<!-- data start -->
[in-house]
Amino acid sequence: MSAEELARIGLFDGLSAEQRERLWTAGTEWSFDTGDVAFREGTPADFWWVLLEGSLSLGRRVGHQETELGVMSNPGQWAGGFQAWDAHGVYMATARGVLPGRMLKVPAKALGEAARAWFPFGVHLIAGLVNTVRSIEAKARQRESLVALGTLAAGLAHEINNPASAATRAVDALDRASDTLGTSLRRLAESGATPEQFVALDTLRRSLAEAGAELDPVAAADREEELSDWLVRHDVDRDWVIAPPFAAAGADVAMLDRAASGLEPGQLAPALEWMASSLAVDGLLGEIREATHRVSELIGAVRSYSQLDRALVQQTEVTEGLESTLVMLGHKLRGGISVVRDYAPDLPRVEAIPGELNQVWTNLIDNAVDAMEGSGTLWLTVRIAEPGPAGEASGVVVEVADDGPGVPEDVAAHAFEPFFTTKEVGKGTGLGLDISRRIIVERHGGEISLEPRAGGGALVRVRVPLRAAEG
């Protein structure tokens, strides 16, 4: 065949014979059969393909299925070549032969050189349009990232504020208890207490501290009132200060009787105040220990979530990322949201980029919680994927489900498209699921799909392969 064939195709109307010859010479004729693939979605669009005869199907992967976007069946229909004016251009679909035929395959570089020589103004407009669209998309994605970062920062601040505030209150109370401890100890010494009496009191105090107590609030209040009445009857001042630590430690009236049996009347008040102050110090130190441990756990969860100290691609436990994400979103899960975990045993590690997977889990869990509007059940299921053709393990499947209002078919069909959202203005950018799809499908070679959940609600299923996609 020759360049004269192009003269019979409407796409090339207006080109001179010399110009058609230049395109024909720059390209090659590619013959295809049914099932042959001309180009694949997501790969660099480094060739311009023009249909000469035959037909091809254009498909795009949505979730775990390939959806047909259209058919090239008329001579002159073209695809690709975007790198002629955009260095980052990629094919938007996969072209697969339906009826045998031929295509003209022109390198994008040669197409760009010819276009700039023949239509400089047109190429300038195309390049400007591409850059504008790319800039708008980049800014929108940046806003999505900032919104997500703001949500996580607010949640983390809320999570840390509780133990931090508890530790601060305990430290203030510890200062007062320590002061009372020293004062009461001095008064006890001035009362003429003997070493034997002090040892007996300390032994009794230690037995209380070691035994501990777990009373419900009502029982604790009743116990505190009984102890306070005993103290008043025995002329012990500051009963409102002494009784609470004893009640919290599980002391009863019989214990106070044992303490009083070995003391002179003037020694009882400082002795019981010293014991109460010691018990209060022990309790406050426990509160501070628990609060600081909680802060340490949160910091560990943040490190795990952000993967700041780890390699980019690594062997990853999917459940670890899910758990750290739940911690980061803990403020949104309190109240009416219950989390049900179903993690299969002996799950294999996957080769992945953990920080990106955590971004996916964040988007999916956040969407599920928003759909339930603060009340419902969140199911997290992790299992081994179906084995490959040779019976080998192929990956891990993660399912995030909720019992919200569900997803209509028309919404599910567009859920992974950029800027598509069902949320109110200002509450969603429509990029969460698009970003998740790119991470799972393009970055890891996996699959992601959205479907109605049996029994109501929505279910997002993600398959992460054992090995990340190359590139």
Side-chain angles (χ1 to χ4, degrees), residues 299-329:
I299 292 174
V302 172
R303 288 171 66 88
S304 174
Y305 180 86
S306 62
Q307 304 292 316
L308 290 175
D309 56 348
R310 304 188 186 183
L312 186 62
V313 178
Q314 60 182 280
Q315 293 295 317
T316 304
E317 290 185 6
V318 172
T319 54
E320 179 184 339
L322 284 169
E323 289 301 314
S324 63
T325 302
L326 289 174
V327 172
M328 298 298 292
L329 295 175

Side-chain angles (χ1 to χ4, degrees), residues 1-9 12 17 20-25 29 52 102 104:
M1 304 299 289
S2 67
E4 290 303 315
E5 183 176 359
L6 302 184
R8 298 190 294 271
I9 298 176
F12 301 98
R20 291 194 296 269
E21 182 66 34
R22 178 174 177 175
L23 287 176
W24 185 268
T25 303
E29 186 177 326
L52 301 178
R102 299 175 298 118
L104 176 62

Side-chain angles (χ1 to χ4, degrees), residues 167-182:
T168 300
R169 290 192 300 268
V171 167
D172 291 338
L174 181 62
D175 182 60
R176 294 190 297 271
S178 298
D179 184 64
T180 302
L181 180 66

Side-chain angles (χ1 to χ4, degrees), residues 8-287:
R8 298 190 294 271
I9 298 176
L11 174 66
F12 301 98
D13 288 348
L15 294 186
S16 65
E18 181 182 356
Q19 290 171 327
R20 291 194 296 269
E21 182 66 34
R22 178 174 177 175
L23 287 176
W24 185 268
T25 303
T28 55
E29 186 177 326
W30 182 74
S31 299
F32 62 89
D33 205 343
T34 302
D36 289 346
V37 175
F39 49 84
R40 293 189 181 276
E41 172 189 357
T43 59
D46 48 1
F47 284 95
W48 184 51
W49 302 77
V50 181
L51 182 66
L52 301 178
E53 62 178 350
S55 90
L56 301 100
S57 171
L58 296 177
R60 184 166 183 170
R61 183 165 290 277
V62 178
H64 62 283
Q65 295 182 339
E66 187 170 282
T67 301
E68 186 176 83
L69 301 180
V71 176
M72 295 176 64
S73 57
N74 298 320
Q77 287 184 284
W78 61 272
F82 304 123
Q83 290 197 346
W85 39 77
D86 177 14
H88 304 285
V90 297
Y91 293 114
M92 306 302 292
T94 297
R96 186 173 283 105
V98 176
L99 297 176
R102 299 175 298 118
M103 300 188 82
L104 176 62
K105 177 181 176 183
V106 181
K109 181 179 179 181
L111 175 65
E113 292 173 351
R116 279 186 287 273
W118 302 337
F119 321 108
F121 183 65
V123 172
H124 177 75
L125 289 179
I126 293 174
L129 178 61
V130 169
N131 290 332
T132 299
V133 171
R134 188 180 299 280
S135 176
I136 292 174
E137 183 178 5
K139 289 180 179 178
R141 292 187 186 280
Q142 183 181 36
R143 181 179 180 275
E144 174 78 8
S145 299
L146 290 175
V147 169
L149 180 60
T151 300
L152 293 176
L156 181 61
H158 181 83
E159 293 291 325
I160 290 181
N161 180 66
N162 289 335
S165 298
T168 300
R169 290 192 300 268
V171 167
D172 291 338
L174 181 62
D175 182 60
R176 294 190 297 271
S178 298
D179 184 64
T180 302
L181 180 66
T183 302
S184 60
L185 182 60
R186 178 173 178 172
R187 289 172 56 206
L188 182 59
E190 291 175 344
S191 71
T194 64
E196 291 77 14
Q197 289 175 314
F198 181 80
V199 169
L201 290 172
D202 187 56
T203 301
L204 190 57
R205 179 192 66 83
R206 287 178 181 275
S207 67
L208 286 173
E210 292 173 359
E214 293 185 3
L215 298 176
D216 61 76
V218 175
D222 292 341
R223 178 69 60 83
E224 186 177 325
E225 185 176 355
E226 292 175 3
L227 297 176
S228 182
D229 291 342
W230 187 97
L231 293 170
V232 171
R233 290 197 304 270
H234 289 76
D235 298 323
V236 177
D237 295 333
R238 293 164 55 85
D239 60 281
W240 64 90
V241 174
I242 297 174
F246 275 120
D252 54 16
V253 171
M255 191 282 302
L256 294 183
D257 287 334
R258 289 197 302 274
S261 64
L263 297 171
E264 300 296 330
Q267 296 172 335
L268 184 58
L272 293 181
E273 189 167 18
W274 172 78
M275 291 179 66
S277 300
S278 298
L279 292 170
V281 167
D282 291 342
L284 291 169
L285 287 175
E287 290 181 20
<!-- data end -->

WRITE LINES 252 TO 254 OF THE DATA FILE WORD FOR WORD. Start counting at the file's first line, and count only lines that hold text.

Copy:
D282 291 342
L284 291 169
L285 287 175